Third, Christ, the spiritual Rock, followed them through the wilderness. Paul likely has in mind a Rabbinical tradition which taught that a physical Rock literally followed Israel through the wilderness, providing them with water.[21] Paul utilizes this man-made tradition to teach the Corinthians about Israel’s relationship with the coming Messiah. Christ followed them, and they received spiritual sustenance from Him. It might be surmised this reference is to the cloud, already mentioned in this passage and which attended Israel for many years. This is unlikely, because the cloud preceded (e.g. Numbers 14:14) and the Rock pursued.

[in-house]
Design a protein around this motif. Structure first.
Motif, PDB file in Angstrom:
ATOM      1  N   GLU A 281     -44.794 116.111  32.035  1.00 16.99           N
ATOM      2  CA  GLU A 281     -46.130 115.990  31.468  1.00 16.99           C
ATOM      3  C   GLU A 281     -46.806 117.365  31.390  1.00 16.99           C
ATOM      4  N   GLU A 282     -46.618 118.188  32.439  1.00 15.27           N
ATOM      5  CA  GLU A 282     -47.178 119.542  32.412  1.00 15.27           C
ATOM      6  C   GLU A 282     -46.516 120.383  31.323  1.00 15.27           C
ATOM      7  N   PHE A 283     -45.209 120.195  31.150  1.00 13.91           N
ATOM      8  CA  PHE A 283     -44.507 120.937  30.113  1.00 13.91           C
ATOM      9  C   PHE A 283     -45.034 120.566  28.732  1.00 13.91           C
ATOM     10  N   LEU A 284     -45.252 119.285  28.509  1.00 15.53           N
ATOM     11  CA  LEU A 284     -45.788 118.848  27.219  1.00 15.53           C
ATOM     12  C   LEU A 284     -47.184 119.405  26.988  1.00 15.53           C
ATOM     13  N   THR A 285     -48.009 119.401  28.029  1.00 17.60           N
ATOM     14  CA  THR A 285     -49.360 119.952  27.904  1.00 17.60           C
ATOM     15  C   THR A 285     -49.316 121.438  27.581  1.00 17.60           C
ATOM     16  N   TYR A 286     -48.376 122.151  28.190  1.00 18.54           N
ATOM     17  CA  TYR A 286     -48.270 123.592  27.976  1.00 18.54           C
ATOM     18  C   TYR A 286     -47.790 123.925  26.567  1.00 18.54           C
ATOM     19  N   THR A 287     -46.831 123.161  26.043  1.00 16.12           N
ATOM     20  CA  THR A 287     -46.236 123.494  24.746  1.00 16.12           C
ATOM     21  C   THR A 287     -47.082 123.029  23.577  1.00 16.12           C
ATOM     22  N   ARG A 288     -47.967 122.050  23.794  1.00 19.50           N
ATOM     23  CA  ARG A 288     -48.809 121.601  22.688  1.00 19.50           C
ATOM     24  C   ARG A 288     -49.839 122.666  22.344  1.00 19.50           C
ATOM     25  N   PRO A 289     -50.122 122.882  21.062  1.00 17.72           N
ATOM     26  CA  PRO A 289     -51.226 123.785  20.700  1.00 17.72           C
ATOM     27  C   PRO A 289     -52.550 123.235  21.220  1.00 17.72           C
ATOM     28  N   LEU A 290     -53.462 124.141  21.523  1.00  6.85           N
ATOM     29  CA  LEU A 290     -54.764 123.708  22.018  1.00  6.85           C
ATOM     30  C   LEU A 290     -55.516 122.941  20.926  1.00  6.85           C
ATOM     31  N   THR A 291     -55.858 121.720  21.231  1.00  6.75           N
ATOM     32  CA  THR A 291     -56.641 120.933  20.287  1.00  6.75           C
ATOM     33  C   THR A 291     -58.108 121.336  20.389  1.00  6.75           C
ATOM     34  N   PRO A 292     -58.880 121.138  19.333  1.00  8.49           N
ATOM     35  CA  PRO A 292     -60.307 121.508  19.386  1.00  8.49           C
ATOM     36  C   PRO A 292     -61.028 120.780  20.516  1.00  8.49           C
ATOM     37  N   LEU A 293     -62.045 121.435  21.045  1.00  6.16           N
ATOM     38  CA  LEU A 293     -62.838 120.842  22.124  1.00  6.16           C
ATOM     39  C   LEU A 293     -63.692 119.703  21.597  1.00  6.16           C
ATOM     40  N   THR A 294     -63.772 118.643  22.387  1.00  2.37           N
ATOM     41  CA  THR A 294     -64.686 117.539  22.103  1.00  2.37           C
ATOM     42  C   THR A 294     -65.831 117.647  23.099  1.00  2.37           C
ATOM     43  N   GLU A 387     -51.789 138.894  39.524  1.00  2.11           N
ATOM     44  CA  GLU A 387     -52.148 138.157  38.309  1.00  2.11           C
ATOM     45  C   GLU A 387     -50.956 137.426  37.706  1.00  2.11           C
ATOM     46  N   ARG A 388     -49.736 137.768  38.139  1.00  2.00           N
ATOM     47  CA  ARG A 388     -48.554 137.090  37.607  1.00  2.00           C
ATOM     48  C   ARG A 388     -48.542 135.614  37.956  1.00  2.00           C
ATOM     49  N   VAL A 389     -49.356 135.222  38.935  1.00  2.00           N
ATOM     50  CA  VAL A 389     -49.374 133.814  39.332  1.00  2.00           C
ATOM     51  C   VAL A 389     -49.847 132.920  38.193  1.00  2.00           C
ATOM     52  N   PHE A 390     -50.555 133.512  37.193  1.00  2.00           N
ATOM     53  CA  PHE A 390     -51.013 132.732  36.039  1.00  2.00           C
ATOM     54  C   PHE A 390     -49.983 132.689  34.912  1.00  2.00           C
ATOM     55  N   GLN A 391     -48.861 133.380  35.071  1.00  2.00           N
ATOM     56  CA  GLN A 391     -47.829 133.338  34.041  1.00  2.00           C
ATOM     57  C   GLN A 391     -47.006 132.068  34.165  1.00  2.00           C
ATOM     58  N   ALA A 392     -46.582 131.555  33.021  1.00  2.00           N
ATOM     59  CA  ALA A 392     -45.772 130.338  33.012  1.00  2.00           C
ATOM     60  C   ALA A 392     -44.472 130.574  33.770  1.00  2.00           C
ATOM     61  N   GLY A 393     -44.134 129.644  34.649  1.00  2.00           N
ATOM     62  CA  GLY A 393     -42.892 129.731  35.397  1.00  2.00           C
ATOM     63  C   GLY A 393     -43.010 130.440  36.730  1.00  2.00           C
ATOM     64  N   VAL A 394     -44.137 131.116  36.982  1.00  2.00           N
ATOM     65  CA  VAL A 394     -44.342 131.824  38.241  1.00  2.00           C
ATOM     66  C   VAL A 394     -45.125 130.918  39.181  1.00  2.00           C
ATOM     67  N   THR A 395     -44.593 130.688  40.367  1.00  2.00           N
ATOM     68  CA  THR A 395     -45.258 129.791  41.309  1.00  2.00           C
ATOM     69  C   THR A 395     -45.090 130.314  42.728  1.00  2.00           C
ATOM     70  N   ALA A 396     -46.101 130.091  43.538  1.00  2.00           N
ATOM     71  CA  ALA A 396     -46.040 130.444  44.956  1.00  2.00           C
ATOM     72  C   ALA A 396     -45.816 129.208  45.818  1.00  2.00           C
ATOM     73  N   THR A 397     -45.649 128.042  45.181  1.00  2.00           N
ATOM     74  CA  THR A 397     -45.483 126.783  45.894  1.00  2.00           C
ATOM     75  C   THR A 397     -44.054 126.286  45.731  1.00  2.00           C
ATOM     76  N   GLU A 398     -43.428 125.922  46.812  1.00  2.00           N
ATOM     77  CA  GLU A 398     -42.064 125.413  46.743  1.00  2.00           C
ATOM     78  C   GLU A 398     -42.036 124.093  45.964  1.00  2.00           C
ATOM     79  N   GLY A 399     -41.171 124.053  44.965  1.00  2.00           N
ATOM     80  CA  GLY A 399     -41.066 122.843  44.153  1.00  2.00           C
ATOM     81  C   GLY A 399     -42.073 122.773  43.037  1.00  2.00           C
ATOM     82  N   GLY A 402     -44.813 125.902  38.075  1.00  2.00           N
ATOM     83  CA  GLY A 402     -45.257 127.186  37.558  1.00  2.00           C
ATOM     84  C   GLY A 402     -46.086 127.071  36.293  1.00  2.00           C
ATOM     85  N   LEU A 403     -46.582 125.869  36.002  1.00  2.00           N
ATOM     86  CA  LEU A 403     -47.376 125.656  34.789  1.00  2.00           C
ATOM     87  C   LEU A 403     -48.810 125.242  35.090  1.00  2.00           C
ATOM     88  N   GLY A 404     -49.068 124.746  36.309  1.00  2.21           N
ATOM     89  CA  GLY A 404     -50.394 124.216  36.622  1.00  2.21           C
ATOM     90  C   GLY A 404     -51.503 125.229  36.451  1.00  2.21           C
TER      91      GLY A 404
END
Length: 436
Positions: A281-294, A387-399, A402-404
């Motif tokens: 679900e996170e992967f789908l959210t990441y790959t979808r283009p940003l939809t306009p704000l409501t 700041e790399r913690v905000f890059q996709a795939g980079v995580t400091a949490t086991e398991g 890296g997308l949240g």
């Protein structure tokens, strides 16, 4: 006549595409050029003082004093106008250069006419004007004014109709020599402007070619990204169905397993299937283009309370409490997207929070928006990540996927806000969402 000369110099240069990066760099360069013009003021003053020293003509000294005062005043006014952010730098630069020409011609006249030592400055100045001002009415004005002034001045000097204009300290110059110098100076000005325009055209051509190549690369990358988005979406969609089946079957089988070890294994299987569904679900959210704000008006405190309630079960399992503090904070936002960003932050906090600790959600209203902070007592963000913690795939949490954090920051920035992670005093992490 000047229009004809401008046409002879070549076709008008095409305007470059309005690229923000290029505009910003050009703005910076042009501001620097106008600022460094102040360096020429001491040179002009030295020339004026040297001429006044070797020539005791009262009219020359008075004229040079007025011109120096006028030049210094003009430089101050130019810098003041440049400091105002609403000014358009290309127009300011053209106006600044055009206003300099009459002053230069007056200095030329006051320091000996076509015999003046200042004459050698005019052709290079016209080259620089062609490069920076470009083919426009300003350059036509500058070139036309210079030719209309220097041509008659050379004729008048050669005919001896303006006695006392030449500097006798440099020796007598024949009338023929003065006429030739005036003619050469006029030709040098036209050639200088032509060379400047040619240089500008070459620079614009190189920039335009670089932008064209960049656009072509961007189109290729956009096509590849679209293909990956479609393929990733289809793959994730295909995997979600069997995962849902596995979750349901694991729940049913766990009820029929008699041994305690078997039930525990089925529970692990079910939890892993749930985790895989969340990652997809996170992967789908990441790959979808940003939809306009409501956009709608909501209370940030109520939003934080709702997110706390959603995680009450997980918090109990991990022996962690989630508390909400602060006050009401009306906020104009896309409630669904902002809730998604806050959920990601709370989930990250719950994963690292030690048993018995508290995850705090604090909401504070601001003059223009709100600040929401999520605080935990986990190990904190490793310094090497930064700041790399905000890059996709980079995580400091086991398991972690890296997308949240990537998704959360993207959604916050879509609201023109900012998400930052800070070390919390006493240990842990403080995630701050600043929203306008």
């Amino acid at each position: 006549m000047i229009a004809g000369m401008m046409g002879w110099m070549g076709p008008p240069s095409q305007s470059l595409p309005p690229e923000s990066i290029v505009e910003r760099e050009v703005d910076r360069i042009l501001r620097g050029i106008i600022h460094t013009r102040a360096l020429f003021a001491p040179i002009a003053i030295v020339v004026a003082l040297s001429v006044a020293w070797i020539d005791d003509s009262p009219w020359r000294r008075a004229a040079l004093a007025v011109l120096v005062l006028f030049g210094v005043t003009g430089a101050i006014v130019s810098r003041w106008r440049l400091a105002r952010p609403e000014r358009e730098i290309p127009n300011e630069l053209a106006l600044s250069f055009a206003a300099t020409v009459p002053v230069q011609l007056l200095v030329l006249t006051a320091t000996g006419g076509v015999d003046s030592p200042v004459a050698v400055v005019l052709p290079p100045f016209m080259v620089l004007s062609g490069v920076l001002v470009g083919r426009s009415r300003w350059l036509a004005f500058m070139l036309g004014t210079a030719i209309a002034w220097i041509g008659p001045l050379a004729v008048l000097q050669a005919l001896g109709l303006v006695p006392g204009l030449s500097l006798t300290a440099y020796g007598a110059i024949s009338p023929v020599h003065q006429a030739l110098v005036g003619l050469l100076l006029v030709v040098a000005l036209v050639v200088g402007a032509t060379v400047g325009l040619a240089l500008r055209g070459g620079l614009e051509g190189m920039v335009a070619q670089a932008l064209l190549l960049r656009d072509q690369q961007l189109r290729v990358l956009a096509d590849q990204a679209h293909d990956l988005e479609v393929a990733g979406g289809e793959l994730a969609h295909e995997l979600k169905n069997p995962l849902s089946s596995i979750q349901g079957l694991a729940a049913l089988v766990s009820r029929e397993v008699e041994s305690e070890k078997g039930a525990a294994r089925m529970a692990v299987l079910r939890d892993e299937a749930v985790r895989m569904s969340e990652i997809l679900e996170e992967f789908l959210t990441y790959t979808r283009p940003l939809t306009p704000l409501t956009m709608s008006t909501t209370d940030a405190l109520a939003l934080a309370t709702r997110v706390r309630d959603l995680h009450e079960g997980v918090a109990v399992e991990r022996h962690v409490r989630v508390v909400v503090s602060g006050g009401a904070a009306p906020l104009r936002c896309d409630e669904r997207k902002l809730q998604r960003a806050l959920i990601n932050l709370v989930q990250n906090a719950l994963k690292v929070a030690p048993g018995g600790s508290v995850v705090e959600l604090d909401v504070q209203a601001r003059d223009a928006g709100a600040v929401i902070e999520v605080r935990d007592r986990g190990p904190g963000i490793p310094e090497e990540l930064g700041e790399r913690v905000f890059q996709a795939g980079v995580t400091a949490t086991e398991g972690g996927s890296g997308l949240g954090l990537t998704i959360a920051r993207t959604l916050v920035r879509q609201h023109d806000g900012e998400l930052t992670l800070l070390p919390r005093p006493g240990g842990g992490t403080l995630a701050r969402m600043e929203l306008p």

Paul is teaching that the Israelites ate and drank spiritually from Christ, just as the Corinthians do in the Lord’s Supper. The spiritual rock referenced by Paul does not symbolize Christ, but was Christ. “On the last day of the feast, the great day, Jesus stood up and cried out, ‘If anyone thirsts, let him come to me and drink’” (John 7:37). This is not only a consistent understanding of the term “spiritual,” but likewise fits best with the Apostle’s argument. If the Israelites were not spiritually sustained by Christ, then their experience was substantively different than the Corinthians, and the weight of the example is lost. The Corinthians may claim, “Israel fell because they were not supported by Christ.” To the contrary, Israel had access by covenant to the mercies of Christ, to the sanctifying grace of God, but “with most of them God was not pleased, for they were overthrown in the wilderness” (1 Corinthians 10:5).